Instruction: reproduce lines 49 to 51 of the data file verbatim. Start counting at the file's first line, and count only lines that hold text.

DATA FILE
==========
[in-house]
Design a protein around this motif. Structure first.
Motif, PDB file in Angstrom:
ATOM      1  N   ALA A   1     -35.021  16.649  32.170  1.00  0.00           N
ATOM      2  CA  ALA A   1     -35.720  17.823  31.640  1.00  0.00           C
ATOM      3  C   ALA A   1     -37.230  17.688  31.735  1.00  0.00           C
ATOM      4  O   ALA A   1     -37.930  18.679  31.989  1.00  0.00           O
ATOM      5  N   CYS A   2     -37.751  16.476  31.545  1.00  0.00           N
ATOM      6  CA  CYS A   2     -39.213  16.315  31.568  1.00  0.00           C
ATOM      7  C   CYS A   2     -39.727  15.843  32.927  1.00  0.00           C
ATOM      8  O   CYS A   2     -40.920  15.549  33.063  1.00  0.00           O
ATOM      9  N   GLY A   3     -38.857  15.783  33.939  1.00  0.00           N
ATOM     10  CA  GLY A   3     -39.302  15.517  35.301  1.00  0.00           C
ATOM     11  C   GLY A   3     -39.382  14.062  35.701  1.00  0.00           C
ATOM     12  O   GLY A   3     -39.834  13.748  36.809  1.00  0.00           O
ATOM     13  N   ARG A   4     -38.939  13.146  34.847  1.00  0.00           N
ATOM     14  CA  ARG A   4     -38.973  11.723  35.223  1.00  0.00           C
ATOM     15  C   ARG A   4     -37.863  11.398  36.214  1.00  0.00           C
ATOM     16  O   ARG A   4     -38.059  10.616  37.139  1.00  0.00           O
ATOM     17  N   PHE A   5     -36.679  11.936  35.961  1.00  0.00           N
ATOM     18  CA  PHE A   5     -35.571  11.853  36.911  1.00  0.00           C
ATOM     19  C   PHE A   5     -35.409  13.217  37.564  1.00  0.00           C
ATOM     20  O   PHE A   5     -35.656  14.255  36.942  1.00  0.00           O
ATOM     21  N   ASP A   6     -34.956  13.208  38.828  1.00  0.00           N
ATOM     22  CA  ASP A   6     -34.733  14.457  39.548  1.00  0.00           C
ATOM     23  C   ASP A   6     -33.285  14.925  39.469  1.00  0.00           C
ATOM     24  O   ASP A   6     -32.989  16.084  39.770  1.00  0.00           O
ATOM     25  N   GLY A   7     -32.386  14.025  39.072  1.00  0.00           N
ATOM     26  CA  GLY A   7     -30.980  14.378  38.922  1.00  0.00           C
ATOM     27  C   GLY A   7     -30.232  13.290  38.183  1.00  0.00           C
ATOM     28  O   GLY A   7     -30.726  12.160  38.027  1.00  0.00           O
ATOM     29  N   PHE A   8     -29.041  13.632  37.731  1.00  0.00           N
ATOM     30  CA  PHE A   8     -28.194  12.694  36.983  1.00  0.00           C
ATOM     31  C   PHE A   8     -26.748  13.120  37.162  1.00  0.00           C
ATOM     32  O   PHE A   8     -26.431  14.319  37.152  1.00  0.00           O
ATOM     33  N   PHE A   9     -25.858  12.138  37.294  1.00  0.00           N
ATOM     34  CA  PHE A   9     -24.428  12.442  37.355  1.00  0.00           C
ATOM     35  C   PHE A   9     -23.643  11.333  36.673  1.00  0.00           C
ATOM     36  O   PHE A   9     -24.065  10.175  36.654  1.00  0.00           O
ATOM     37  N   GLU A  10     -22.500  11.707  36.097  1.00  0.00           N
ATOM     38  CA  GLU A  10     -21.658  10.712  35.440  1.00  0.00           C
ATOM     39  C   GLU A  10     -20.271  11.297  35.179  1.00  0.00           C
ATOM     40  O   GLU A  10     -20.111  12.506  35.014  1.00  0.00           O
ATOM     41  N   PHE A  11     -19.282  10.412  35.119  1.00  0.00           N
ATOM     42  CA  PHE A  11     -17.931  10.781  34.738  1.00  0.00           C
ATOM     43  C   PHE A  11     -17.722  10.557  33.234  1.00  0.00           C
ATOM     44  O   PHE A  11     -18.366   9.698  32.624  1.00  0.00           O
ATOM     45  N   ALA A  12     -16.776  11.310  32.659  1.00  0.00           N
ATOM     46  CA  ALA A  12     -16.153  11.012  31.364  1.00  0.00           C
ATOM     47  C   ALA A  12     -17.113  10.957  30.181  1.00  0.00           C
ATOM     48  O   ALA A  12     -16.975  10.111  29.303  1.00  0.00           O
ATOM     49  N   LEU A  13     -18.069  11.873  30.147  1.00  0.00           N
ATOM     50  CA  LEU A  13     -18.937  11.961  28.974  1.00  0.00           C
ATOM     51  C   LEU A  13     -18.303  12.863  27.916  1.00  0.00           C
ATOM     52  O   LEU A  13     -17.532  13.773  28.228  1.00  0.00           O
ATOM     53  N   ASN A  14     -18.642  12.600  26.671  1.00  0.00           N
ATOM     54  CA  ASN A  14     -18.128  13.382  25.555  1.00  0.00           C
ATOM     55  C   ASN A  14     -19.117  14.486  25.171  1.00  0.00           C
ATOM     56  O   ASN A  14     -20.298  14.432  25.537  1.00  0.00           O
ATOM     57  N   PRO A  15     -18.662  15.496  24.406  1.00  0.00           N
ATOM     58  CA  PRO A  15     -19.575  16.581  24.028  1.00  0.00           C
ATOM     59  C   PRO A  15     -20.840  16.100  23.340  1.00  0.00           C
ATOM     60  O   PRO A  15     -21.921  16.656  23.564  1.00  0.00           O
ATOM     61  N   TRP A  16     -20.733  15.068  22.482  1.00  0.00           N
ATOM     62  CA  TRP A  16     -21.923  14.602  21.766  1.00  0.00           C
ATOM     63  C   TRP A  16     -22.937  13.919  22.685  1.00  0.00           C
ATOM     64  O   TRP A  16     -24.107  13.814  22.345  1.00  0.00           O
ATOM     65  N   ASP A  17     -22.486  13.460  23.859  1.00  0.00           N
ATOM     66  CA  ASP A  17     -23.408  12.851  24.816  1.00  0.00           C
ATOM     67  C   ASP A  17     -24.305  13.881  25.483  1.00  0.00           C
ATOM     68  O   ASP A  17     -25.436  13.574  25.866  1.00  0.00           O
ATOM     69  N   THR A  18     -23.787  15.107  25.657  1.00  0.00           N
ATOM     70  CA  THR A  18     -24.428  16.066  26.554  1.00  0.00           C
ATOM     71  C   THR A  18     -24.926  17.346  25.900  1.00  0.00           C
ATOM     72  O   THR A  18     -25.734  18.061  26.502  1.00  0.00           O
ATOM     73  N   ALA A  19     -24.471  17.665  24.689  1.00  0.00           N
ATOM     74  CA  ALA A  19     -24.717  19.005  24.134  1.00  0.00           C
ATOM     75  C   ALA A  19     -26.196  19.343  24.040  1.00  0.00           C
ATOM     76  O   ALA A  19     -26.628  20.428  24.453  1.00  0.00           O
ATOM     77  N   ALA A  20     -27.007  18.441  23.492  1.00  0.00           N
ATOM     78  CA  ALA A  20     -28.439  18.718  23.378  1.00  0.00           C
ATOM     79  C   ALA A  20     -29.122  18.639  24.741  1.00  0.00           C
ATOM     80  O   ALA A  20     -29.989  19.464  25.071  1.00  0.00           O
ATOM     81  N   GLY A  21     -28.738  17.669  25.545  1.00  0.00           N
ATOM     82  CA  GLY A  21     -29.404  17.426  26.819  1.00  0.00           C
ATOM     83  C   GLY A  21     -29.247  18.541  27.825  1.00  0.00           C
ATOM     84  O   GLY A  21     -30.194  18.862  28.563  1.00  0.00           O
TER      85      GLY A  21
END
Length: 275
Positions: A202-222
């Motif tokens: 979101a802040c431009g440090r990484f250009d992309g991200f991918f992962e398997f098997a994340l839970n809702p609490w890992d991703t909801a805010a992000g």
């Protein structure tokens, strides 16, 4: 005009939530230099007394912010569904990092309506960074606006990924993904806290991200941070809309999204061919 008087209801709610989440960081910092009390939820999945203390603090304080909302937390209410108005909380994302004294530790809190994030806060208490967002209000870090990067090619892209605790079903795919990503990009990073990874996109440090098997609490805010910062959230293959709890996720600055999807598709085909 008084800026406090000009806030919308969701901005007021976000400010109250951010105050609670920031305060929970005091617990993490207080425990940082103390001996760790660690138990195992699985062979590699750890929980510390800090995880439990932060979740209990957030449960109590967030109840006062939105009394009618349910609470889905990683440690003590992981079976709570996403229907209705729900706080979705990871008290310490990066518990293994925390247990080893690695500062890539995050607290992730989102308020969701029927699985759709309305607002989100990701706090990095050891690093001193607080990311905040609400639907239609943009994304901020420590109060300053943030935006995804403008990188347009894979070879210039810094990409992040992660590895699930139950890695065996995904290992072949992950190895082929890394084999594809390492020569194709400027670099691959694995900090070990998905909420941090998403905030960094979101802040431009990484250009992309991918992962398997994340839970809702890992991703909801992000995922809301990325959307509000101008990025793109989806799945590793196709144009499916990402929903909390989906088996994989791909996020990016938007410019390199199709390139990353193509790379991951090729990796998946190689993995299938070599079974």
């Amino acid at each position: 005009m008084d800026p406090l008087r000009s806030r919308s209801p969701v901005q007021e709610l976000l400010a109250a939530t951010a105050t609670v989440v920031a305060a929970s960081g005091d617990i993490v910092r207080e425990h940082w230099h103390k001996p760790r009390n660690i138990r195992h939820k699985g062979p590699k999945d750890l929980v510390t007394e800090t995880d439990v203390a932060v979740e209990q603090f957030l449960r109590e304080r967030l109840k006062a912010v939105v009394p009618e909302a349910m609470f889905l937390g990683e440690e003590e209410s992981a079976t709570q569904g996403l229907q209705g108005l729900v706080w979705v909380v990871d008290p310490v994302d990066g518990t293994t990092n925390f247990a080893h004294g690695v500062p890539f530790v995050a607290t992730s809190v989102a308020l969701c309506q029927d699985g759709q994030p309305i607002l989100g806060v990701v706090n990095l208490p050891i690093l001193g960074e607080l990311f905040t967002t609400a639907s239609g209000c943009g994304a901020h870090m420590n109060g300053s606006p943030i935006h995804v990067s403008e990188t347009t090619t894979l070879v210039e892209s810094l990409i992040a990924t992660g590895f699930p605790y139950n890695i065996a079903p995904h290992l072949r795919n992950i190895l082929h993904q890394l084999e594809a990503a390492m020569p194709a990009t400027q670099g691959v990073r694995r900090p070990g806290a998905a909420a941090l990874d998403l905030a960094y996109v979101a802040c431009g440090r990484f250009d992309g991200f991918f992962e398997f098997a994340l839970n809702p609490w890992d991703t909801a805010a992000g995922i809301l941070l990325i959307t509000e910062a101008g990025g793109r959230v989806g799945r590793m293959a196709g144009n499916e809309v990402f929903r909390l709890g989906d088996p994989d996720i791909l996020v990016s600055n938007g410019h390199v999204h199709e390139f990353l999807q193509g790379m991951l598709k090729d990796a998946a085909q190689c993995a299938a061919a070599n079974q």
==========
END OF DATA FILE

ATOM     46  CA  ALA A  12     -16.153  11.012  31.364  1.00  0.00           C
ATOM     47  C   ALA A  12     -17.113  10.957  30.181  1.00  0.00           C
ATOM     48  O   ALA A  12     -16.975  10.111  29.303  1.00  0.00           O